7.      Peshmerga forces paid 600 ultimate sacrifices to liberate the Sinjar district from the ISIS.

8.      Advocating and conveying the plight of the Yezidi people at the regional and international levels to secure more financial, technical and legal support.

9.      Providing legal, medical, psychological support to the children, girls, and women etc.

10.  Providing full rights to benefit from the public services including health, education, protection, employment and work and social protection services etc.

11.  Preparing the Rapid Damage Assessment and Development of the Reconstruction and Rehabilitation Strategic Plan through the KRG’s Joint Crisis Coordination Centre (JCC).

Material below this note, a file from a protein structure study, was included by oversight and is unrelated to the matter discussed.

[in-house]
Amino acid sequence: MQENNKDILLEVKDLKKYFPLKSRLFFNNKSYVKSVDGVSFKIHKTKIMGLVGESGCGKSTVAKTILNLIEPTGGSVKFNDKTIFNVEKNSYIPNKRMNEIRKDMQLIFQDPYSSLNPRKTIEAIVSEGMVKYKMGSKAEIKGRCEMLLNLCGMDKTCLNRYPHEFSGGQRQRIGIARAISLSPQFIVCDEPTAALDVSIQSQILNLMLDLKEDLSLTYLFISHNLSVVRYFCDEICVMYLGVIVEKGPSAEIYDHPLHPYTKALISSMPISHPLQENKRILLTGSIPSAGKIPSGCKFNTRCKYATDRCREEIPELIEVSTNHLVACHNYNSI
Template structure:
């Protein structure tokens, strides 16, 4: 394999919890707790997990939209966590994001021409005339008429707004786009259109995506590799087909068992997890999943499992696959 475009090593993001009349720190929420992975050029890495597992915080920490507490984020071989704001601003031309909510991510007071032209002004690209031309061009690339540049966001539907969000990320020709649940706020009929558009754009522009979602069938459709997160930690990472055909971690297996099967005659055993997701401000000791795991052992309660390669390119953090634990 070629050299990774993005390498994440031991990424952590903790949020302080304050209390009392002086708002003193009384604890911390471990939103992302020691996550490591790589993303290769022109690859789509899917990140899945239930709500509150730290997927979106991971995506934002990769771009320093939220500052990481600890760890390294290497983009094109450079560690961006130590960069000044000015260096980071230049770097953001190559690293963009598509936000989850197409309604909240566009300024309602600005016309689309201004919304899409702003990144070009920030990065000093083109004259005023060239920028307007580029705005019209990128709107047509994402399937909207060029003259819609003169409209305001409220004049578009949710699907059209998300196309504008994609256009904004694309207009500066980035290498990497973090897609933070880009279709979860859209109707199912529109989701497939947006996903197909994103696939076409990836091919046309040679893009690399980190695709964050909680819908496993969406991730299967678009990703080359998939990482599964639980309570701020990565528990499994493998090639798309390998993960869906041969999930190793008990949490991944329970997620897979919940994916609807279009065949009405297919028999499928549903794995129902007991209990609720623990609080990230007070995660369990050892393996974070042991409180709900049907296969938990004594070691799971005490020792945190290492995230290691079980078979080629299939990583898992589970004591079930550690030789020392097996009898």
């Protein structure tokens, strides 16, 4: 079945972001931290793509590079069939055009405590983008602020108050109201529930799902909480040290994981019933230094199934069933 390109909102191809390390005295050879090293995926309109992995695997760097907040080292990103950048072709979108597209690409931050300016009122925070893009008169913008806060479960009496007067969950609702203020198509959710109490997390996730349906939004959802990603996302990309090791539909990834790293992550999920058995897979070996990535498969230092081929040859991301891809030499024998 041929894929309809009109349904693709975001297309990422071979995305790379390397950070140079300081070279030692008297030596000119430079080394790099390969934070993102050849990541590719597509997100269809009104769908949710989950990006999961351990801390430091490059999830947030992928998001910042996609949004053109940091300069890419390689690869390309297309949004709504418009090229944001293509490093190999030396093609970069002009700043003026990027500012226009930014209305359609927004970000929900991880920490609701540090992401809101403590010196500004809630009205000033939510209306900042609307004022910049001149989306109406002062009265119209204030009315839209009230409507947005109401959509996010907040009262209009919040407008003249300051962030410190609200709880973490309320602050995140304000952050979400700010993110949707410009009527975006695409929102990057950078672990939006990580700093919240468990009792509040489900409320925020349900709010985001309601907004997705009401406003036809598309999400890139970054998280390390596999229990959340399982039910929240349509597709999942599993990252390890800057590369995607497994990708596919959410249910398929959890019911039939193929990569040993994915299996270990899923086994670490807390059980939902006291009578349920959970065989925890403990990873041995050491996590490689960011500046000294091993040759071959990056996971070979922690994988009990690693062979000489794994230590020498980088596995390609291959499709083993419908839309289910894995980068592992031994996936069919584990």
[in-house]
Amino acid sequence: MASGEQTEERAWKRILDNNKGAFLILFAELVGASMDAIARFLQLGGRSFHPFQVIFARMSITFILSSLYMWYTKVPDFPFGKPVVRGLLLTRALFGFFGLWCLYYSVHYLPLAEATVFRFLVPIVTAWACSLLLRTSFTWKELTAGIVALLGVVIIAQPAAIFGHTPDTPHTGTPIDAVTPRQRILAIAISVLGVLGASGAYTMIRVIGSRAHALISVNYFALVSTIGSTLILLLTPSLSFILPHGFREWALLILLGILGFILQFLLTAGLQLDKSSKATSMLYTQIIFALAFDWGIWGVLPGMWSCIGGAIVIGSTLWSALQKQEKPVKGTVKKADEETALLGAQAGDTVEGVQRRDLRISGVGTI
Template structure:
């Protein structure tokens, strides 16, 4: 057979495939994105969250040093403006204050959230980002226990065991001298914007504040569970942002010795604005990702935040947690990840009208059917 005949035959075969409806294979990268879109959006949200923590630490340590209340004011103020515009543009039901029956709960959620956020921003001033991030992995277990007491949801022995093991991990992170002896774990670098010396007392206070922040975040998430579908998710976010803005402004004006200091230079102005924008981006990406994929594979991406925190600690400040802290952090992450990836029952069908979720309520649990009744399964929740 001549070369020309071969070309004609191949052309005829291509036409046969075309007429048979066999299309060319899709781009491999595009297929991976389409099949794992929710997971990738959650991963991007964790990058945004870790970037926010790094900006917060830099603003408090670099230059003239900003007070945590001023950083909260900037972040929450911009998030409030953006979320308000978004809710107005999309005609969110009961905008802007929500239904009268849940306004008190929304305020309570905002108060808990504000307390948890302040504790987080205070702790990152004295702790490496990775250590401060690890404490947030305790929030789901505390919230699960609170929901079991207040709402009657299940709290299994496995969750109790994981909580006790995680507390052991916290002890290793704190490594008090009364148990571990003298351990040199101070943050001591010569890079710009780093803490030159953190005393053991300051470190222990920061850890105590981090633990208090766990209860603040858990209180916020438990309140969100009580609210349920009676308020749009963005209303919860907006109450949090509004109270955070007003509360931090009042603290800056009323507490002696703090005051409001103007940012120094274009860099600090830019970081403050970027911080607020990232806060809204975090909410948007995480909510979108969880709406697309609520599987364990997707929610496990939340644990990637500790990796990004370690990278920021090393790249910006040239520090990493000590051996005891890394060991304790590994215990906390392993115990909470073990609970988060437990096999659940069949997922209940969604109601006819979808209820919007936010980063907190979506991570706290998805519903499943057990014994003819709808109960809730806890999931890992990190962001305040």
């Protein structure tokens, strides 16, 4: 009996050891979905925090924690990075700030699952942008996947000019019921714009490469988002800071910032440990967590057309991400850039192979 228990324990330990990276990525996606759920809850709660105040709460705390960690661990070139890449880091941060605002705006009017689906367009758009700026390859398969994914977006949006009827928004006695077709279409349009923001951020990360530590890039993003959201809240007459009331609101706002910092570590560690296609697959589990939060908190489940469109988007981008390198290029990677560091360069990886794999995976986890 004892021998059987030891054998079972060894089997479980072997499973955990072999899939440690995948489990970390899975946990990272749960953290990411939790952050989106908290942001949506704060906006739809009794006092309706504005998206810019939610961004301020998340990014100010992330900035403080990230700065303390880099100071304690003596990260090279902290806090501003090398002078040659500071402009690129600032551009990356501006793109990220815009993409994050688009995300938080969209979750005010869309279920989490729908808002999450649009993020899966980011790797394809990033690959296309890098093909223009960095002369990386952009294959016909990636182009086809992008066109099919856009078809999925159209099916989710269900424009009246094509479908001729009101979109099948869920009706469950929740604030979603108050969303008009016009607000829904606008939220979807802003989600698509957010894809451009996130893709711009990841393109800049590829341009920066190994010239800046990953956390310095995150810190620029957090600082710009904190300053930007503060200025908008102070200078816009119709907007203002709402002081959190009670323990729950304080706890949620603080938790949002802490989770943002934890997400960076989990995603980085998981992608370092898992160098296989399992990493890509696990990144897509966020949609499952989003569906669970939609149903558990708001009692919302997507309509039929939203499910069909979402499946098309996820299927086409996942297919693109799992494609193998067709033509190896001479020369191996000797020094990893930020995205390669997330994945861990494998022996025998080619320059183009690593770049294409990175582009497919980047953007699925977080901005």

12.  KRG’s efforts succeeded in recognizing the atrocities committed against Yezidis as Genocide at the Kurdistan Parliament and Sinjar to be recognized as a destructed city at the Council of Representatives in Iraq.

However, after four years of the genocide, the Yezidis are still living in displacement and are suffering from the consequences of the atrocities committed by ISIS. The Yezidis are hosted in Kurdistan Region and majority are living with the host communities.  

Latest Update about the Yezidis:

Although Sinjar district was liberated more than three years ago, the population has remained in displacement. The city is severely damaged, and the infrastructure is either completely destroyed or heavily impaired. The following principal priorities must be achieved holistically and in parallel;